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Trails & Techno_Text_December 20

Trails & Techno_Text_December 20

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Published by Patrick Archer
Trails and Techno: A South American Odyssey is the tale of two young Americans dodging Corporate America long enough for a 30-day, 120-beats-per-minute journey through Argentina, Chile, Boliva and Peru.

Trails and Techno: A South American Odyssey is the tale of two young Americans dodging Corporate America long enough for a 30-day, 120-beats-per-minute journey through Argentina, Chile, Boliva and Peru.


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Published by: Patrick Archer on Dec 23, 2008
Copyright:Attribution Non-commercial


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cordillera:mountain rangeconocer:to get to knowPontificia:papalUniversidad:UniversityCatolica:Catholicbuenamoza:attractiveArgentito:little Argentinetarjeta postal:postcard
I rose around the crack of noon still exhausted from our
PubLicity/ Geo-Pub/Laberinto
triple-header the night before. Despite being a strangerin a strange land, I was in pretty good hands with
Señorita Gabriela
, astreet-smart Santiago native and fourth-year medical student at the
Pontificia Universidad Catolica de Chile 
. We rolled out of her crib on
 Avenida Andres Bello
and walked a few blocks to a neighborhood
for a late breakfast.Gabby was not only 
, she was also quite the scholar. Having justfinished final exams the day before, she was looking forward to having some timeoff over the summer. She told me abouther medical school classes and vacationplans and I told her about my Texas study abroad program and travels in South America. When she learned that Ihad been calling Buenos Aires home for the past few months, sheimmediately went on the defensive in a playful way. She would jokingly refer to me as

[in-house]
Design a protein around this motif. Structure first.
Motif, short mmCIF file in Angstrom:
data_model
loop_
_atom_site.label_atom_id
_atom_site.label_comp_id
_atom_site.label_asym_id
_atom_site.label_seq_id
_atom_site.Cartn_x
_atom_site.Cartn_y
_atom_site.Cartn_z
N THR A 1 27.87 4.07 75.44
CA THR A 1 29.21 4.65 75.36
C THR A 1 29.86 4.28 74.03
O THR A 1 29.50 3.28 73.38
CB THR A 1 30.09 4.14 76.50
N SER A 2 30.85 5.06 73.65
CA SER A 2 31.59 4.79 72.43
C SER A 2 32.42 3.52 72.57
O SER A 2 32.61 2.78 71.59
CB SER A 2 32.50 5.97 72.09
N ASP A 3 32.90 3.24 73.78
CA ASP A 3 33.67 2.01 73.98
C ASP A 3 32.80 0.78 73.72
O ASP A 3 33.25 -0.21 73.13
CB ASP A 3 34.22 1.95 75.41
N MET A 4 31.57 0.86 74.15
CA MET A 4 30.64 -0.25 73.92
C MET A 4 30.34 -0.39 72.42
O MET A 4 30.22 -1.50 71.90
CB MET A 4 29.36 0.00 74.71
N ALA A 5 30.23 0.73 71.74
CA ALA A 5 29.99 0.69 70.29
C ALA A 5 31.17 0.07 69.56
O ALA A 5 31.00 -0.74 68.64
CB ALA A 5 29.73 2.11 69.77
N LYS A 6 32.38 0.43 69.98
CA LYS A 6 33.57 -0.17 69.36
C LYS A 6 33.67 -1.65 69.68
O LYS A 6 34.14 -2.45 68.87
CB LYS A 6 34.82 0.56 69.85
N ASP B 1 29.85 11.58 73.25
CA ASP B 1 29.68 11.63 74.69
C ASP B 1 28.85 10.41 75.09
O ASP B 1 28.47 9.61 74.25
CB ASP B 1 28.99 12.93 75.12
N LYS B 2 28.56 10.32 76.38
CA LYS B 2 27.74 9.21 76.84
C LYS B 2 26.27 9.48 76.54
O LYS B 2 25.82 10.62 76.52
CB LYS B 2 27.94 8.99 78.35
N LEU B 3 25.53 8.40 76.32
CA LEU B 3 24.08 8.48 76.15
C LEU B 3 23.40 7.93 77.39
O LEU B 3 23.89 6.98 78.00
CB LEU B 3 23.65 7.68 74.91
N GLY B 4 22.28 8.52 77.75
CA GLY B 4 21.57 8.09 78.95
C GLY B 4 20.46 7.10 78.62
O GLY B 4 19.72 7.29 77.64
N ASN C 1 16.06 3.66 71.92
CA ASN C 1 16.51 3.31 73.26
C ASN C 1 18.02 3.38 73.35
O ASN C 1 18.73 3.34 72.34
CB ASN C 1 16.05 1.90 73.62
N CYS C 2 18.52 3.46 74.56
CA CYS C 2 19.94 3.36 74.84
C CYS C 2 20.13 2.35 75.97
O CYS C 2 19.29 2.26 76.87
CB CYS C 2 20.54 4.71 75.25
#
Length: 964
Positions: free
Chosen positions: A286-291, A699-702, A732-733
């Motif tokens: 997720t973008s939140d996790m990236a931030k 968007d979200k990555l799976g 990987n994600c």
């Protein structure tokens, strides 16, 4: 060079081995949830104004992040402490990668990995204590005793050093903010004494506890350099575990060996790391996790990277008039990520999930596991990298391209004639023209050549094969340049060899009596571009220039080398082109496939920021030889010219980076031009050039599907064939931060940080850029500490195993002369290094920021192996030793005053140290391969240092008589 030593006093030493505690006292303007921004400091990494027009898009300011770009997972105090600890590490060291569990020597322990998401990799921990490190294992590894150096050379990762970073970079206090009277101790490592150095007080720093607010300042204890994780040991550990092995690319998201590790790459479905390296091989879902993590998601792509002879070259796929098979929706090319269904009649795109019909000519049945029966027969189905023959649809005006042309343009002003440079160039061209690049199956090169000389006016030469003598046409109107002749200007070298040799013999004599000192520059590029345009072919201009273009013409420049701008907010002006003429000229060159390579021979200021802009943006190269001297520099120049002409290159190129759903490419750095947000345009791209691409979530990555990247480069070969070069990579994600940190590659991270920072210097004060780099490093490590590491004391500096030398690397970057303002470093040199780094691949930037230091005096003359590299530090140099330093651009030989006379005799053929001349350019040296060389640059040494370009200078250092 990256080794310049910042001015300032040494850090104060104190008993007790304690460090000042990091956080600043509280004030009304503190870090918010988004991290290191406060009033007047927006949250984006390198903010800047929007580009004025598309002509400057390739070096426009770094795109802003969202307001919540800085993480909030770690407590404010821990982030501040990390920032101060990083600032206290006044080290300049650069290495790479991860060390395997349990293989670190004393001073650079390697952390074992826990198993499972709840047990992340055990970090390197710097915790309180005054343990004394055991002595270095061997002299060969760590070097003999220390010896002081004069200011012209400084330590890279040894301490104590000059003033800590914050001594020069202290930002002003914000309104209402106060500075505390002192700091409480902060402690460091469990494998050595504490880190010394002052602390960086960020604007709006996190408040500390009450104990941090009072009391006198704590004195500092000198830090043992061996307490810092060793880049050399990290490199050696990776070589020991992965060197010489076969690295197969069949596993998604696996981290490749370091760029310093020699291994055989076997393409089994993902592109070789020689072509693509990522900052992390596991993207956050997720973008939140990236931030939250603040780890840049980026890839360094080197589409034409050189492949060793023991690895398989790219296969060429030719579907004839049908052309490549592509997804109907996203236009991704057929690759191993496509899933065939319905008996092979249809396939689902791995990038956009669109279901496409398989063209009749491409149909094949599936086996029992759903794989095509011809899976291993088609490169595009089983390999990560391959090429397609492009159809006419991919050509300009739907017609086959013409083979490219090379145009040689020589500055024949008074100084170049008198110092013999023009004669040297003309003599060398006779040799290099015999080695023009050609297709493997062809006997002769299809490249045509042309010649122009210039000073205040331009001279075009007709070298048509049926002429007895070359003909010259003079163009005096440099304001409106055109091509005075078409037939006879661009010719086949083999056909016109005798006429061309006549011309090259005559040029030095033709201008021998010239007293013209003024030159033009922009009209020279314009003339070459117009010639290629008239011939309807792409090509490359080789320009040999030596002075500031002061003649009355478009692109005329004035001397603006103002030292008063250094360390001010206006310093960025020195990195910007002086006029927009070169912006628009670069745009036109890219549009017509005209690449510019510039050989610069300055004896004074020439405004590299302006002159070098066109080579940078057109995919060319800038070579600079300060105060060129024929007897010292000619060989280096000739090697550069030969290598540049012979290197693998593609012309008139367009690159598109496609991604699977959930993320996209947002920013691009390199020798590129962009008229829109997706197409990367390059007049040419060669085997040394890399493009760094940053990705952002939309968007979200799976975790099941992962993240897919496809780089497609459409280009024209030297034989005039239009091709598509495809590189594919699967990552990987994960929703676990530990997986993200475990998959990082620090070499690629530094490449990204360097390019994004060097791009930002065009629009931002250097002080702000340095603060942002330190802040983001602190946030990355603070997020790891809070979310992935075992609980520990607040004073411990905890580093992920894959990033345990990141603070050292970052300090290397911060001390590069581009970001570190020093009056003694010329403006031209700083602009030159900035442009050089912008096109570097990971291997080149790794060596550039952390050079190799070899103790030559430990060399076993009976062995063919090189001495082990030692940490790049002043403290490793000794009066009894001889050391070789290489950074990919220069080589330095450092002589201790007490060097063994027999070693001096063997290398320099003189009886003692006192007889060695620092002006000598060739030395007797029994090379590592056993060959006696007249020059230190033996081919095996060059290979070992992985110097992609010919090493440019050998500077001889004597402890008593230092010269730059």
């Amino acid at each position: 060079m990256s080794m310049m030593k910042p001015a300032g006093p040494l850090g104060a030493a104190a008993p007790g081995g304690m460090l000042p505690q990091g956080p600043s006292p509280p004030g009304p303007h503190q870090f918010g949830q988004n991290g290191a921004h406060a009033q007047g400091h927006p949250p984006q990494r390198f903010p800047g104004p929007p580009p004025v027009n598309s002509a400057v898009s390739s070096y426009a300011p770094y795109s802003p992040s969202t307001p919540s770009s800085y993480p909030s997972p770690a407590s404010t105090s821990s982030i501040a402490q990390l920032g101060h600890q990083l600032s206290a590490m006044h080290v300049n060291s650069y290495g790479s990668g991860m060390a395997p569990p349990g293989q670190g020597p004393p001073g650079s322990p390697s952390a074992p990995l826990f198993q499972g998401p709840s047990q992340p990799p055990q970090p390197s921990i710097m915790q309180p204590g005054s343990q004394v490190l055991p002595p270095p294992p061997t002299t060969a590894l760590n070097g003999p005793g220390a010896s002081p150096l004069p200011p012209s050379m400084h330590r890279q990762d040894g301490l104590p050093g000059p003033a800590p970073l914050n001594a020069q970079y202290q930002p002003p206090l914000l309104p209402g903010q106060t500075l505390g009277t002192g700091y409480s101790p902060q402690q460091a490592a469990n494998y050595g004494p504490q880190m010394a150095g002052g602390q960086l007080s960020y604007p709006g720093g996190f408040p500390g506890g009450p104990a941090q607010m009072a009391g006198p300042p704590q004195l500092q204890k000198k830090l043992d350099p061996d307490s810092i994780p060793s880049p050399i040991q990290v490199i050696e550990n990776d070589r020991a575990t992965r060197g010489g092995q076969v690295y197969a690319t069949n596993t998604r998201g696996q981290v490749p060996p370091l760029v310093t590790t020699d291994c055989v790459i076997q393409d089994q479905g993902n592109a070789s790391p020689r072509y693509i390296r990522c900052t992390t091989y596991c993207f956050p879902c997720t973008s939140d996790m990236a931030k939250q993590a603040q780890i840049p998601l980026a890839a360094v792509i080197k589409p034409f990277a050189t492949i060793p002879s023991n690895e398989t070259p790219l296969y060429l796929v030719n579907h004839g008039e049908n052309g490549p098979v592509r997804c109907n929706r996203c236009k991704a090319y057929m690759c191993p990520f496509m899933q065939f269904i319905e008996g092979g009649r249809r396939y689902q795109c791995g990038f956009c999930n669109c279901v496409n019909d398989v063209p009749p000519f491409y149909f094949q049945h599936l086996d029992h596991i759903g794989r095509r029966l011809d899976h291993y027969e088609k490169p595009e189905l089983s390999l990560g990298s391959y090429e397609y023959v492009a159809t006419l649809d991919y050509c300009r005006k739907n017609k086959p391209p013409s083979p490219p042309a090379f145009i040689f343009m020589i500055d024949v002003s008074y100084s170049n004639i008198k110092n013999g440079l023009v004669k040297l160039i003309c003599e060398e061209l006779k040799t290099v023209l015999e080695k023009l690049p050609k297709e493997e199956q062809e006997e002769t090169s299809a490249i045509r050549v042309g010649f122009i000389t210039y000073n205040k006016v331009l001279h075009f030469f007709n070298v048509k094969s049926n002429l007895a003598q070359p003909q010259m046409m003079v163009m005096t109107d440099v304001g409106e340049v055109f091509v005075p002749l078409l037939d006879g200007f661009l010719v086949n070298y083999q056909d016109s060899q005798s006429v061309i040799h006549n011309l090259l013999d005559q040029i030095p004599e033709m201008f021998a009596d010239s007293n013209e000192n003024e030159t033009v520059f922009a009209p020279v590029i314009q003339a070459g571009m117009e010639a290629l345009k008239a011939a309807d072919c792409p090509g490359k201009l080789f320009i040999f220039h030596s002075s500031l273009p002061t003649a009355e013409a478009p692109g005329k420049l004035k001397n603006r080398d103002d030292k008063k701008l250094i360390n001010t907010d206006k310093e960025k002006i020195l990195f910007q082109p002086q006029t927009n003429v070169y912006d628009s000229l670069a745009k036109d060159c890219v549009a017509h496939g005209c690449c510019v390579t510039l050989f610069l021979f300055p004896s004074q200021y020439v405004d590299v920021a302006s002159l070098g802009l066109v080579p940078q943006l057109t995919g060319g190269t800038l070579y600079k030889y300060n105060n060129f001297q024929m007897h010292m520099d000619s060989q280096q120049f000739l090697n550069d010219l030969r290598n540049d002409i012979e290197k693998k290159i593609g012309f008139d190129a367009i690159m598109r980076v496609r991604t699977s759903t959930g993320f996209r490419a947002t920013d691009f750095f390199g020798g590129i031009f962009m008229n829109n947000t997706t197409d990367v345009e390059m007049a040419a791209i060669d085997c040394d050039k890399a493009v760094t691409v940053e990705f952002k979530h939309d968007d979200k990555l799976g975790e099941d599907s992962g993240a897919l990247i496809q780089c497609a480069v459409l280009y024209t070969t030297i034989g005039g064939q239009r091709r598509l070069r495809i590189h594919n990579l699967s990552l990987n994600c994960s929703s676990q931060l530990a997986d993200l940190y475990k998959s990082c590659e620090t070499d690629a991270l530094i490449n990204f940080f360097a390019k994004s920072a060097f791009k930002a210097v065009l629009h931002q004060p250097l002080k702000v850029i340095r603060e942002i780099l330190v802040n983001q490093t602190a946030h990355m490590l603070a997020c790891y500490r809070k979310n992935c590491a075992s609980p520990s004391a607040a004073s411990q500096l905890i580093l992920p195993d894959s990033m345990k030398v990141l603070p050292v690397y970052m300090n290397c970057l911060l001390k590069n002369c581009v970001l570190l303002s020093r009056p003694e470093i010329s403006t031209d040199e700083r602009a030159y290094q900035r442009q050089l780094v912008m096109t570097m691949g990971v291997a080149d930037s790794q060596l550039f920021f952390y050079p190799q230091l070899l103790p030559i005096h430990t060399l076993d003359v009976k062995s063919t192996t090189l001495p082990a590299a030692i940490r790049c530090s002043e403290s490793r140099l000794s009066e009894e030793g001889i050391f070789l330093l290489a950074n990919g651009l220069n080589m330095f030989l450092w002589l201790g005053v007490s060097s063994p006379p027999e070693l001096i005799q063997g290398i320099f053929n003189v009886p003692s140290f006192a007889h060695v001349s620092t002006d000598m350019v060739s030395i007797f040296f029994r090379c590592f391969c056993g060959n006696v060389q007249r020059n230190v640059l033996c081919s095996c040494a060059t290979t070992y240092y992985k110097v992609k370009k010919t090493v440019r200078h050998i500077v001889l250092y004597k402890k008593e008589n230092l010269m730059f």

and rubbed in the fact that Chile’s national teamhad tied Argentina back on Sunday night. After breakfast, Gabby walked me to the
 Manuel Montt subte 
stationand told me the fastest way to get back to Johns pad at 3075
Don Carlos 
. As she would be on-call at the hospital for the remainder of the weekend(at least that’s the excuse that she gave me), she would not be able tomeet up with us for dinner and drinks. I promised to send her a
tarjeta posta
l from Machu Picchu and look her up the next time that I was inSantiago. I imagine that she had her locks and phone number changedsometime later that week.Back at home, The Fresh Prince of 
El Golf  
and Andy were vegginghard-core in front of Fox Sports Américas. An afternoon
matchup was holding them captive when I walked in the front door fresh from
viernes20 de diciembreSantiago de Chile
D L M M J D L M M J D L M M J D L M M J D L M M J V V V V V  
1 2 3 4 5 6
8 9 10 11 12 13 14 22 23 24 25 26 27 28 29 30 31 15 16 17 18 19 20 21 
Objetivo:Conocer SantiagoModo :Pies y TaxiDistancia:25 kilómetros
cuevazo:lucky streakentonado:Warm, fuzzy feeling aftertwo or three rounds of drinks.pilas frescas:fresh batteriesazul profundo:the deep bluea la plancha:on the skilletCerro San Crist
bal:Most famouspark/landmark in Santiago. Site ofthe towering Virgin Mary statue.tragos:drinks, cocktails
my Santiago walk of shame. As expected, I caught plenty of grief fornot, as we say in the South,
 goin’ home with the ones that brung me 
. Itried unsuccessfully to play down my unexpected love connection, but John and Andy werent hearing any of it. Andy brought up the fact thatI had gotten friendly with Sylvia the night before on the train fromTemuco. John busted out laughing. I assured him that it was only afreak